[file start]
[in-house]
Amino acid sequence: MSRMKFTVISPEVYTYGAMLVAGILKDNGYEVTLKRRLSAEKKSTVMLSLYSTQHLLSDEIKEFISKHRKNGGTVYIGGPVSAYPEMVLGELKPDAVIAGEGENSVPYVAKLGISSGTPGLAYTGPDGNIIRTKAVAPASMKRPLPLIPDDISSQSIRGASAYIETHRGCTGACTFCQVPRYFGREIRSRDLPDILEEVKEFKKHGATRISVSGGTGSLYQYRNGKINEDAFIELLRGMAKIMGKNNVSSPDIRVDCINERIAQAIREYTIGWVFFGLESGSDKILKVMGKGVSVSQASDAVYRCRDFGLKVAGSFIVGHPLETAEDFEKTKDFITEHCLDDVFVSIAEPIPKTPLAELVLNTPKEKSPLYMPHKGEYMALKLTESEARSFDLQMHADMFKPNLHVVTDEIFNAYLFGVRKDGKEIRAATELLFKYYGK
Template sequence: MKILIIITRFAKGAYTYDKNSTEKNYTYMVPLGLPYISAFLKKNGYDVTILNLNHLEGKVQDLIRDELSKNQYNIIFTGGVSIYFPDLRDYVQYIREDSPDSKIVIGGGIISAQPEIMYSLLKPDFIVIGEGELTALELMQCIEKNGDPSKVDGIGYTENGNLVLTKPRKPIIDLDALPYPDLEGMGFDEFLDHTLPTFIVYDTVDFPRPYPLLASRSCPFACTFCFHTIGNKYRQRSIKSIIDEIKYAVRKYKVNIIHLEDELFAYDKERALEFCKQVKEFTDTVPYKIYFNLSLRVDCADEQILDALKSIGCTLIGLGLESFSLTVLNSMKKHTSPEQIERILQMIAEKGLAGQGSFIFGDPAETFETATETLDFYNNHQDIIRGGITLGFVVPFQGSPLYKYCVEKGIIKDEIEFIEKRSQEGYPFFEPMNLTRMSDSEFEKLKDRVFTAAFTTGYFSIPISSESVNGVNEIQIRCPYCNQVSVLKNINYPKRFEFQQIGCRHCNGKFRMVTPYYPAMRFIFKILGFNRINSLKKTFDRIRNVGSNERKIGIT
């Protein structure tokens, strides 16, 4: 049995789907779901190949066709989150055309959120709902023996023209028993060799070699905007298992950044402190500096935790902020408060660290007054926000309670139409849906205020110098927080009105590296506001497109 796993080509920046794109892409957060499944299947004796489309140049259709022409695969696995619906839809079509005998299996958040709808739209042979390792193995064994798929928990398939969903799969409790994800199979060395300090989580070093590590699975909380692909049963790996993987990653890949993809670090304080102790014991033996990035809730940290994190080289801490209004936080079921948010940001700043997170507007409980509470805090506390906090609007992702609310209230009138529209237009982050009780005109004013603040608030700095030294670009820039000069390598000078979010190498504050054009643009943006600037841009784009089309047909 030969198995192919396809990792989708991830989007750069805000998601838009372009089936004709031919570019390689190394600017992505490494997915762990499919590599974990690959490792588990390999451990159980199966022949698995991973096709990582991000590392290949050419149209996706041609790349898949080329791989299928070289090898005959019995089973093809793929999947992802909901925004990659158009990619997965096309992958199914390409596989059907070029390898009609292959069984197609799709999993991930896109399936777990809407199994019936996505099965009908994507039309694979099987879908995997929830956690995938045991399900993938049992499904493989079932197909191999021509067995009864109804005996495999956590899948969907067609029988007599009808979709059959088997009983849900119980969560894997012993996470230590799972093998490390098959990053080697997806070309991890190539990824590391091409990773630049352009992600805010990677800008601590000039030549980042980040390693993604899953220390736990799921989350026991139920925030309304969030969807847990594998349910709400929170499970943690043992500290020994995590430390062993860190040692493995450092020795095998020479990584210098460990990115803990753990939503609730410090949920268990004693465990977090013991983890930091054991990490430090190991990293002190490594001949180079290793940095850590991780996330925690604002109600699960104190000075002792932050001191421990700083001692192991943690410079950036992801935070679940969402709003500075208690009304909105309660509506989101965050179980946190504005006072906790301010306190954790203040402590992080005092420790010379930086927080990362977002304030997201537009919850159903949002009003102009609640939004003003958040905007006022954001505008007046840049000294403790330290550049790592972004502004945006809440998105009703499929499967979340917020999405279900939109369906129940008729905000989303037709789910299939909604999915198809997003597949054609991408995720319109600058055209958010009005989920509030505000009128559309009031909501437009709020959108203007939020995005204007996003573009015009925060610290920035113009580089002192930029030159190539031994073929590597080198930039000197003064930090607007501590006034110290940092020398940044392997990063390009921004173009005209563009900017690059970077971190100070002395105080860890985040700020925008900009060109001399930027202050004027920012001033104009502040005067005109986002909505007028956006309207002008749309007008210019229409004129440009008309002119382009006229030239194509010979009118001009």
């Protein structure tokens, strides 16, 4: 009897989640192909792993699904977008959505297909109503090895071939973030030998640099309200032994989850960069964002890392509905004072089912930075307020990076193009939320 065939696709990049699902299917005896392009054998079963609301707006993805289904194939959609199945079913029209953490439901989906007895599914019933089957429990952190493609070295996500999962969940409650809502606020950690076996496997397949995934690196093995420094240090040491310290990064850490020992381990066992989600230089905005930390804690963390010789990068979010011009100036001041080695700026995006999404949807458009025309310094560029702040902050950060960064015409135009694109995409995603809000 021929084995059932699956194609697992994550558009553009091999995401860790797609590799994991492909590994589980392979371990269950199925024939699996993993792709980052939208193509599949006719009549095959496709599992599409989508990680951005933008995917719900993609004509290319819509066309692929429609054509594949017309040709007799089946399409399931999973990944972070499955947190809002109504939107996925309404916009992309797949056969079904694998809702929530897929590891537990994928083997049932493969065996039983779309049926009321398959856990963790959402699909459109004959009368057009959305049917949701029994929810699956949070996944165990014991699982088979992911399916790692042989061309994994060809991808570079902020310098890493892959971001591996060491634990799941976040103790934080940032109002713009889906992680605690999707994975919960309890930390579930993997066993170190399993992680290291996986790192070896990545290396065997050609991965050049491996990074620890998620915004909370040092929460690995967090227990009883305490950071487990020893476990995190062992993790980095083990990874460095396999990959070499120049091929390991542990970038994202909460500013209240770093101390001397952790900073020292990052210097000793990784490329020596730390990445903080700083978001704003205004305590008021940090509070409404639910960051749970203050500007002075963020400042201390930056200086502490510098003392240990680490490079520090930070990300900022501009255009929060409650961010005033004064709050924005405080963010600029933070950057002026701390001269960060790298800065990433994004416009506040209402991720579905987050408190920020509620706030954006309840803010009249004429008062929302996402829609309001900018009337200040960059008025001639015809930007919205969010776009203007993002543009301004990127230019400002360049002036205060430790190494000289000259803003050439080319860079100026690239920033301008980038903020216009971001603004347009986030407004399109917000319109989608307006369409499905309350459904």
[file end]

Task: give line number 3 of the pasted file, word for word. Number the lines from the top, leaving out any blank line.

Template sequence: MKILIIITRFAKGAYTYDKNSTEKNYTYMVPLGLPYISAFLKKNGYDVTILNLNHLEGKVQDLIRDELSKNQYNIIFTGGVSIYFPDLRDYVQYIREDSPDSKIVIGGGIISAQPEIMYSLLKPDFIVIGEGELTALELMQCIEKNGDPSKVDGIGYTENGNLVLTKPRKPIIDLDALPYPDLEGMGFDEFLDHTLPTFIVYDTVDFPRPYPLLASRSCPFACTFCFHTIGNKYRQRSIKSIIDEIKYAVRKYKVNIIHLEDELFAYDKERALEFCKQVKEFTDTVPYKIYFNLSLRVDCADEQILDALKSIGCTLIGLGLESFSLTVLNSMKKHTSPEQIERILQMIAEKGLAGQGSFIFGDPAETFETATETLDFYNNHQDIIRGGITLGFVVPFQGSPLYKYCVEKGIIKDEIEFIEKRSQEGYPFFEPMNLTRMSDSEFEKLKDRVFTAAFTTGYFSIPISSESVNGVNEIQIRCPYCNQVSVLKNINYPKRFEFQQIGCRHCNGKFRMVTPYYPAMRFIFKILGFNRINSLKKTFDRIRNVGSNERKIGIT